By NATASHA SINGER and
New York Times, Business Section, Jan. 16, 2011
LITTLE red flags jut out from the shelves at a
drugstore in suburban Boston, alerting shoppers to
shortages of nearly a dozen
products. Among them are Motrin, Rolaids, children’s
Tylenol liquid and adult Tylenol, Mylanta, Pepcid AC and even some Neutrogena skin care products.
“Looking for Tylenol pain relief products?” asks one of the signs. The notices at CVS serve as a stark
reproof to Johnson & Johnson, whose brands have for more than a century been synonymous with
quality. Some of its products are in short supply at drugstores and supermarkets because the McNeil
Consumer Healthcare unit of J.& J. last year recalled about 288 million items, including about 136
million bottles of liquid Tylenol, Motrin, Zyrtec and Benadryl for infants and children.
Johnson & Johnson has had to recall such a variety of products because of quality-control problems
across product lines, in multiple factories and in several units last year. Some of its consumer products,
for instance, may have contained bits of metal. Others came in bottles with a moldy smell. And some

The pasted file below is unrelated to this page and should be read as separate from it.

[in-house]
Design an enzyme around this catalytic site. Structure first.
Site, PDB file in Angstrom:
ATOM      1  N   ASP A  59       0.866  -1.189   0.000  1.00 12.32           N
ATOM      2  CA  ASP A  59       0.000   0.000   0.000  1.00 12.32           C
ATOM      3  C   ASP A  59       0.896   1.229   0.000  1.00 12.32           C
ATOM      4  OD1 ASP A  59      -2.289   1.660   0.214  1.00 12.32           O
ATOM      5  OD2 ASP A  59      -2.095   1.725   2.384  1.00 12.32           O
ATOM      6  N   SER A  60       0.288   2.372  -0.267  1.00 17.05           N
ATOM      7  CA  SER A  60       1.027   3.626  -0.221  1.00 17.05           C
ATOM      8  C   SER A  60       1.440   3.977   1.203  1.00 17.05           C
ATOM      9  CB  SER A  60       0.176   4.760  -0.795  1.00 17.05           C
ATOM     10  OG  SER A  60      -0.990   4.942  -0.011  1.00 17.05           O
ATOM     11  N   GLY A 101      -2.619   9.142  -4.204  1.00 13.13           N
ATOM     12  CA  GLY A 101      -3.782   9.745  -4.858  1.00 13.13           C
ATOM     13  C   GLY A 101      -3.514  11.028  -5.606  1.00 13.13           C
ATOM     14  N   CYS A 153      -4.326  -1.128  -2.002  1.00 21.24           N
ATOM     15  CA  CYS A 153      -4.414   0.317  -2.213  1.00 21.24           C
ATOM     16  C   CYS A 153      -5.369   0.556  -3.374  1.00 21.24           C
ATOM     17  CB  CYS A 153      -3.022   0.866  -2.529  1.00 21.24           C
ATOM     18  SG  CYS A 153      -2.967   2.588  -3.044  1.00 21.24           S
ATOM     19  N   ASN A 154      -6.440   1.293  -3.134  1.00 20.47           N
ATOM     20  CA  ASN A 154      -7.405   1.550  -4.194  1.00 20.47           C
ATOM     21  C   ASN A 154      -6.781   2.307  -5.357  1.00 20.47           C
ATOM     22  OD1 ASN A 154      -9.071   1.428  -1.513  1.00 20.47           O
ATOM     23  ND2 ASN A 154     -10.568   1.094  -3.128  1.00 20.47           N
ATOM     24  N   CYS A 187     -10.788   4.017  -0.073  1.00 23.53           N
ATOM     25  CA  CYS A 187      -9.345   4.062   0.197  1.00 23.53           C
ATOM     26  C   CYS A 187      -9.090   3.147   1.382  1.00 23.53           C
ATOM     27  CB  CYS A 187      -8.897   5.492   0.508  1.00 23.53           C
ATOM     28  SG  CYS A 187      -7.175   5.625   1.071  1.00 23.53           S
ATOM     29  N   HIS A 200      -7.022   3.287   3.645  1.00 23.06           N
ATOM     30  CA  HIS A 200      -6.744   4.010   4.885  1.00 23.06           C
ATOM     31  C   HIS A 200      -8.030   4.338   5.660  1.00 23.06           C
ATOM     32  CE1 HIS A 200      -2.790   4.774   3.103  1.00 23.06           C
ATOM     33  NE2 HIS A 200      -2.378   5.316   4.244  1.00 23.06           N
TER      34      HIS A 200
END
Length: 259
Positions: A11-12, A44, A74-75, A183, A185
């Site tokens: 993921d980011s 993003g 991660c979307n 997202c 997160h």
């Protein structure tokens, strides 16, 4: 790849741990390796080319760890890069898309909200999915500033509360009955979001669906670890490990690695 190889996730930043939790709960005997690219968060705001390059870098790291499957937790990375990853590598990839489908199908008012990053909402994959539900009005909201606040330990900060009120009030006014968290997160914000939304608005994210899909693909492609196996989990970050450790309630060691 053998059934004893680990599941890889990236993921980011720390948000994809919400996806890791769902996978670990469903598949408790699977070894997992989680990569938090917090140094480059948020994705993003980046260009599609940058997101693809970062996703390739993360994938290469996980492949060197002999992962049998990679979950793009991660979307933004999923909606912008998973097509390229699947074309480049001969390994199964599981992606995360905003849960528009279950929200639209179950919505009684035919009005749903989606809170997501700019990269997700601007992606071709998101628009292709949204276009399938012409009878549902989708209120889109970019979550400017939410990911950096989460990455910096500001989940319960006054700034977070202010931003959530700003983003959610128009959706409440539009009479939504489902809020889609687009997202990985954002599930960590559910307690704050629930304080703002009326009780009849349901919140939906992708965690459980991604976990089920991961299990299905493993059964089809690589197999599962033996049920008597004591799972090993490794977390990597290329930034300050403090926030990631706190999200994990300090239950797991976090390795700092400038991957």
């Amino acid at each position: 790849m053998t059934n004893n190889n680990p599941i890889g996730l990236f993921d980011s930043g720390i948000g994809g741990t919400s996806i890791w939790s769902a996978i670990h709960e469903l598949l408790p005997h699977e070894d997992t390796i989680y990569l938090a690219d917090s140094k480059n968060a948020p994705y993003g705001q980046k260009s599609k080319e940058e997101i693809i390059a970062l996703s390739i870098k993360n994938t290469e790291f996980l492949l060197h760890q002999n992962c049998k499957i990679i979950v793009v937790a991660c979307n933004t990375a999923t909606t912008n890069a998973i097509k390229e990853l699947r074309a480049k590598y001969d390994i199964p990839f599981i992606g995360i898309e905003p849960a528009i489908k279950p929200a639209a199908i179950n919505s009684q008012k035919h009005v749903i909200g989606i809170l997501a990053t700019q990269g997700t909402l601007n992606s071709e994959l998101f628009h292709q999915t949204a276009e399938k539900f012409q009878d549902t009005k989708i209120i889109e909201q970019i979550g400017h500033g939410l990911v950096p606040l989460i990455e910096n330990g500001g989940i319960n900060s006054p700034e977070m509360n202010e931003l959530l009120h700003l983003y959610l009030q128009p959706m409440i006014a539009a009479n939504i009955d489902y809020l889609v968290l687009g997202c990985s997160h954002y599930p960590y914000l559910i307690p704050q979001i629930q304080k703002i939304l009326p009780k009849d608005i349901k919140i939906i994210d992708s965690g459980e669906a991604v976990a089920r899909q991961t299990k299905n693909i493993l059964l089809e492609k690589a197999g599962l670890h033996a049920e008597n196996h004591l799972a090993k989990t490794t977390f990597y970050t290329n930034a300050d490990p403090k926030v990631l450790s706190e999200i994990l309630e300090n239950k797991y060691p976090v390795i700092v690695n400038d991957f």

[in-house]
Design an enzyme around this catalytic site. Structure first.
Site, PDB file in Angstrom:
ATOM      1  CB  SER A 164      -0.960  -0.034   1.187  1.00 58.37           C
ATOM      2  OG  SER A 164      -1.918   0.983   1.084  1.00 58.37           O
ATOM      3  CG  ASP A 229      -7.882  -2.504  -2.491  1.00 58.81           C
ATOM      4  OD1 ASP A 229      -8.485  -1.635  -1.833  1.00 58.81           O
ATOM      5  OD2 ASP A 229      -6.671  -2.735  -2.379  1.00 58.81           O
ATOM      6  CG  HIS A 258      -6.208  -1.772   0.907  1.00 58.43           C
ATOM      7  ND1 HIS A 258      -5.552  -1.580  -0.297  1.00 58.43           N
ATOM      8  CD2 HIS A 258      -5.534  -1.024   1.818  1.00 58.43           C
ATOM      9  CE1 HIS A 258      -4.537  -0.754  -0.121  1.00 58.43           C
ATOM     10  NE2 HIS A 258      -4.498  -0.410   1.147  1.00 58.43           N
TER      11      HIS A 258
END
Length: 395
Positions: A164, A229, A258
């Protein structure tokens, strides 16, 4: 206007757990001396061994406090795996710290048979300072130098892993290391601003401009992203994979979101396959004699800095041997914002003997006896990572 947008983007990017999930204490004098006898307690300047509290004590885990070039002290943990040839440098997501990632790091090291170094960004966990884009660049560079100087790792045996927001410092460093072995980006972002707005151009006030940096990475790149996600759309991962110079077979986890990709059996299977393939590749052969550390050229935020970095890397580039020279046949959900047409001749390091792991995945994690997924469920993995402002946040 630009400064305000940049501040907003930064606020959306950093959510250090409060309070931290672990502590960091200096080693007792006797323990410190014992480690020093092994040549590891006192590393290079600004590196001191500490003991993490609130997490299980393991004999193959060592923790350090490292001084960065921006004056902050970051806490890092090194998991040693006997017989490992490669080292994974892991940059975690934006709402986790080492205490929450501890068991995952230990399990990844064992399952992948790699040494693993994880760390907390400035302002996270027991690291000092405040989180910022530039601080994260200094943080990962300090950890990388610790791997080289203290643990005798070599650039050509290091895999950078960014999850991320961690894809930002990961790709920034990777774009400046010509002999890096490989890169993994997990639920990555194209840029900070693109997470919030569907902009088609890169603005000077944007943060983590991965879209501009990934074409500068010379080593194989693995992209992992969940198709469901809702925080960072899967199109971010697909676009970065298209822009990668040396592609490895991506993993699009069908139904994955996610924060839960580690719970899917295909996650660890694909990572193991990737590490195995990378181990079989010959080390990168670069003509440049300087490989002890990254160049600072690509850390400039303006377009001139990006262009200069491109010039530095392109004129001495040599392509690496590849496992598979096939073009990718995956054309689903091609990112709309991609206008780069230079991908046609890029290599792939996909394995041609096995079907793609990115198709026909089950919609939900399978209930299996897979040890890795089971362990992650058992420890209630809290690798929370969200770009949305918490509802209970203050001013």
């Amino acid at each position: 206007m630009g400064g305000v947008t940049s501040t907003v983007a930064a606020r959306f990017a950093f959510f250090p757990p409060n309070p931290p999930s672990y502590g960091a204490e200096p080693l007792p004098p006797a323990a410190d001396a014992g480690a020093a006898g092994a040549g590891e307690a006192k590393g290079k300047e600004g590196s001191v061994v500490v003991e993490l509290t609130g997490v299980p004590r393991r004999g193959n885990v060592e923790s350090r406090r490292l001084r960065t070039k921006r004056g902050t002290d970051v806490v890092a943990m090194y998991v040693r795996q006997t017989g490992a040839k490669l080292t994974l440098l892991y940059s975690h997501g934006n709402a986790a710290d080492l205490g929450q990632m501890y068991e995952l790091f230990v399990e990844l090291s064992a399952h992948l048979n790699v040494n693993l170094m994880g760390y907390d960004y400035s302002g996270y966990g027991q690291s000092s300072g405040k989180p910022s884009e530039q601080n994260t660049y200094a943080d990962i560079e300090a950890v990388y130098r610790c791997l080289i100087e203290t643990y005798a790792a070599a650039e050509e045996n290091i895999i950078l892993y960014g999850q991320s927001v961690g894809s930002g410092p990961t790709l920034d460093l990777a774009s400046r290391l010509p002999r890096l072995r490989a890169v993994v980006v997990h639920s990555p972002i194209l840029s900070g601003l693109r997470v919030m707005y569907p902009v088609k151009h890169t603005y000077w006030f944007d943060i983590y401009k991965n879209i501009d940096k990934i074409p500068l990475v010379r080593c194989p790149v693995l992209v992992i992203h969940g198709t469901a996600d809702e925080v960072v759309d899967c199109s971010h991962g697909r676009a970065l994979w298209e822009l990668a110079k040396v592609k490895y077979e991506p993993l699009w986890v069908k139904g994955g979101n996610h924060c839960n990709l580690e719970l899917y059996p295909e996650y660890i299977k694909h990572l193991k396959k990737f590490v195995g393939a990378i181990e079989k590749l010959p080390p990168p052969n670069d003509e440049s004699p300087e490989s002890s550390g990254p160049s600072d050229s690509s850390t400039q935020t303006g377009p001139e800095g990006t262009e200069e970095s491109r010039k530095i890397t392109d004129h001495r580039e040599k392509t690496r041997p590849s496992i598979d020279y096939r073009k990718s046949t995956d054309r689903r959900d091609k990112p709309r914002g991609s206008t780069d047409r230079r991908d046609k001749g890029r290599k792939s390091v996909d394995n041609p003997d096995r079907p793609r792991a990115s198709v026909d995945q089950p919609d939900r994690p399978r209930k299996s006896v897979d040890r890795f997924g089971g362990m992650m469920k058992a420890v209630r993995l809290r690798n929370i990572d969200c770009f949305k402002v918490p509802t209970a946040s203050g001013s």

products have gone missing from stores with hardly an explanation. All of this has put the company and
its manufacturing under the intense scrutiny of lawmakers and officials at the
Food and Drug
“It looks like a plane spinning out of control,” says David Vinjamuri, a former J.& J. marketing employee
who now trains brand managers at his company, ThirdWay Brand Trainers.
While the drugstore signs that helpfully suggest “Try CVS/pharmacy brand” are intended to assist
frustrated shoppers in identifying alternatives to missing brand-name products, they also serve as constant
reminders of another of J.& J.’s continuing problems: It must persuade millions of disappointed
customers to once again pay a premium for products that may no longer seem to be of any higher quality
than the less expensive store brand.
“I don’t even consider buying them any more,” says Thien-Kim Lam, a mother of two and a
Silver Spring, Md. In a post last spring titled
“Makers of Tylenol, I’m Disappointed in You”
on the blog
DC Metro Moms, Ms. Lam wrote about the huge recall of J.& J. infants’ and children’s medicines.
Now, she says, the frequent recalls have prompted her to switch to generic cold and cough medicines for
her children. “It’s like a breakup,” she says. “I’m done. I’ve moved on.”
Bonnie Jacobs, a McNeil spokeswoman, says the company is committed to restoring McNeil’s reputation
as a world-class manufacturer of over-the-counter medicines. “We will invest the necessary resources and
make whatever changes are needed to do so, and we will take the time to do it right,” she wrote in an e-
mail last Thursday.
If Queen Elizabeth II had been the chief executive of Johnson & Johnson, she might have called 2010 an